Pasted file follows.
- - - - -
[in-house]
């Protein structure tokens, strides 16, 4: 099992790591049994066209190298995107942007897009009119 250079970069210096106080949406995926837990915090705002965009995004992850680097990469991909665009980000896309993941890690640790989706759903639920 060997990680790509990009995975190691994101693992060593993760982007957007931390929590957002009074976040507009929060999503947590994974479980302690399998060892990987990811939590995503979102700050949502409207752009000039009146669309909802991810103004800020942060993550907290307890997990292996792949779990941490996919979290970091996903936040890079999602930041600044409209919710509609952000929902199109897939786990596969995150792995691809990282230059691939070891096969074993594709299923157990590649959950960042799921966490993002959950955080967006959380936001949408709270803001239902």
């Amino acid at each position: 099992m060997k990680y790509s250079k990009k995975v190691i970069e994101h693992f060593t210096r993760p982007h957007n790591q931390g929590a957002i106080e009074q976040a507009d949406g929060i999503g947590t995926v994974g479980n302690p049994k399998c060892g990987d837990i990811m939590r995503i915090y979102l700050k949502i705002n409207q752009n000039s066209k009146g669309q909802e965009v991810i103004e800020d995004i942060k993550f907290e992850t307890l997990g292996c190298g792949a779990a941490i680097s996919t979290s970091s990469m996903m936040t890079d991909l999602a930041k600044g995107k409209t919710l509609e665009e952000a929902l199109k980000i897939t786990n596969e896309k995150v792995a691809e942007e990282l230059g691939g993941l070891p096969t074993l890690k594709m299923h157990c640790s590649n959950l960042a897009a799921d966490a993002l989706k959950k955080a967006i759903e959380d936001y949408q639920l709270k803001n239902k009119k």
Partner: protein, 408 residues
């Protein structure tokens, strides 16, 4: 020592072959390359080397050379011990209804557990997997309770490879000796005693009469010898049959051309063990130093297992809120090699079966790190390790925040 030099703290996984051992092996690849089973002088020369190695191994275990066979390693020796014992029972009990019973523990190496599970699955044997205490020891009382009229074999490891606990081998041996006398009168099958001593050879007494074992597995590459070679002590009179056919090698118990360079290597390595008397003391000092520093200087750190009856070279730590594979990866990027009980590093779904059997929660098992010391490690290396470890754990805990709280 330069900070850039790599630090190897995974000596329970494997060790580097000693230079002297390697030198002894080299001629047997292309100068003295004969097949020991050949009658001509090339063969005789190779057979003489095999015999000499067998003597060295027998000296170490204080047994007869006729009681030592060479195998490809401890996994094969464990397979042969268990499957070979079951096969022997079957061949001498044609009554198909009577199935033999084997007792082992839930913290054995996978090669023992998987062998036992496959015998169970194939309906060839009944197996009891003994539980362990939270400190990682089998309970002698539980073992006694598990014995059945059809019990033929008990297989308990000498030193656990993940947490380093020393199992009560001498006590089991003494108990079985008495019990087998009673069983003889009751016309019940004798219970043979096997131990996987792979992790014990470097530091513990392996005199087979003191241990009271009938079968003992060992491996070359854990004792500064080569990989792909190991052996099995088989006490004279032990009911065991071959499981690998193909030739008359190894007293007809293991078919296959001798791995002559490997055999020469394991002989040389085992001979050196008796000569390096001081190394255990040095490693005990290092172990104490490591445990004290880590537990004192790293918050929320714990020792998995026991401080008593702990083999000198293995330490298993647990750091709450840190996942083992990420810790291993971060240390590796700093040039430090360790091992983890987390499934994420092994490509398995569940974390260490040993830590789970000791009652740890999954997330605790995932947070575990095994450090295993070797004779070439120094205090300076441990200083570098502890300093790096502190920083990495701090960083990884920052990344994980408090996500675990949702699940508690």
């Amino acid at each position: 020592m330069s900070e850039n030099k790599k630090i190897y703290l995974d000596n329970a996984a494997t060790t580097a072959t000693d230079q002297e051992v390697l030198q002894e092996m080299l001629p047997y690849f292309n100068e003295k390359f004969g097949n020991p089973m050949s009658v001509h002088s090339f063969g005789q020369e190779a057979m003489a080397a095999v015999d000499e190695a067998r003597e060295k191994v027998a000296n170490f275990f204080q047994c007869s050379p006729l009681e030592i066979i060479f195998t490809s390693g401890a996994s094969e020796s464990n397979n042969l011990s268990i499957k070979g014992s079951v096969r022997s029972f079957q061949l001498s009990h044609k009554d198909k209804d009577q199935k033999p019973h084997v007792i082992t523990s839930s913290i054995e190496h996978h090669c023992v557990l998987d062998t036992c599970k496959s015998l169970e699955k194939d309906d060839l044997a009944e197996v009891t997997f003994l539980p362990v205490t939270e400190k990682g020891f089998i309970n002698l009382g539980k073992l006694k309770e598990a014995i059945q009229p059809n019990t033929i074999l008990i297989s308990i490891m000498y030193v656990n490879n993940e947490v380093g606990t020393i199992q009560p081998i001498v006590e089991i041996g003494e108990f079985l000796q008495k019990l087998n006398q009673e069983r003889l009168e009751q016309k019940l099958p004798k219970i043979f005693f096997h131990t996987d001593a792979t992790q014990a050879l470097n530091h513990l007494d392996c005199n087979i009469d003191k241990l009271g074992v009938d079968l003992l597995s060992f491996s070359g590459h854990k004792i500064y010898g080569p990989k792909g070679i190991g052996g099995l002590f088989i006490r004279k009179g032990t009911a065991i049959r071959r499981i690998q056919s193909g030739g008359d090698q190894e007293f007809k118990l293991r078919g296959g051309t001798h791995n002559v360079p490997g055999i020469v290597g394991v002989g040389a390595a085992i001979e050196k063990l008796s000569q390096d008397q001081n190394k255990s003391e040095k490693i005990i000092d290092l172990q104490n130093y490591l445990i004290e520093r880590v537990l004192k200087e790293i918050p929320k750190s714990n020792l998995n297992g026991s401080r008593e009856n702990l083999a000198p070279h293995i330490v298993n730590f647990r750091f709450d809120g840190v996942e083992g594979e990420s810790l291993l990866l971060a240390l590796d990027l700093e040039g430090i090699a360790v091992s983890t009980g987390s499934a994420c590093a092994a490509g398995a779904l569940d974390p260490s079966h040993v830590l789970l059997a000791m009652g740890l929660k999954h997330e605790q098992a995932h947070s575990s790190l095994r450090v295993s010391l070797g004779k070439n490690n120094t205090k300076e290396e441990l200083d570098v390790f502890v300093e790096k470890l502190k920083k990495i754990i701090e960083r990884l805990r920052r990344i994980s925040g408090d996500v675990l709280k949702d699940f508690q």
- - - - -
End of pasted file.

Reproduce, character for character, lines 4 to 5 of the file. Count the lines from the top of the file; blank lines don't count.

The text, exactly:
Partner: protein, 408 residues
């Protein structure tokens, strides 16, 4: 020592072959390359080397050379011990209804557990997997309770490879000796005693009469010898049959051309063990130093297992809120090699079966790190390790925040 030099703290996984051992092996690849089973002088020369190695191994275990066979390693020796014992029972009990019973523990190496599970699955044997205490020891009382009229074999490891606990081998041996006398009168099958001593050879007494074992597995590459070679002590009179056919090698118990360079290597390595008397003391000092520093200087750190009856070279730590594979990866990027009980590093779904059997929660098992010391490690290396470890754990805990709280 330069900070850039790599630090190897995974000596329970494997060790580097000693230079002297390697030198002894080299001629047997292309100068003295004969097949020991050949009658001509090339063969005789190779057979003489095999015999000499067998003597060295027998000296170490204080047994007869006729009681030592060479195998490809401890996994094969464990397979042969268990499957070979079951096969022997079957061949001498044609009554198909009577199935033999084997007792082992839930913290054995996978090669023992998987062998036992496959015998169970194939309906060839009944197996009891003994539980362990939270400190990682089998309970002698539980073992006694598990014995059945059809019990033929008990297989308990000498030193656990993940947490380093020393199992009560001498006590089991003494108990079985008495019990087998009673069983003889009751016309019940004798219970043979096997131990996987792979992790014990470097530091513990392996005199087979003191241990009271009938079968003992060992491996070359854990004792500064080569990989792909190991052996099995088989006490004279032990009911065991071959499981690998193909030739008359190894007293007809293991078919296959001798791995002559490997055999020469394991002989040389085992001979050196008796000569390096001081190394255990040095490693005990290092172990104490490591445990004290880590537990004192790293918050929320714990020792998995026991401080008593702990083999000198293995330490298993647990750091709450840190996942083992990420810790291993971060240390590796700093040039430090360790091992983890987390499934994420092994490509398995569940974390260490040993830590789970000791009652740890999954997330605790995932947070575990095994450090295993070797004779070439120094205090300076441990200083570098502890300093790096502190920083990495701090960083990884920052990344994980408090996500675990949702699940508690």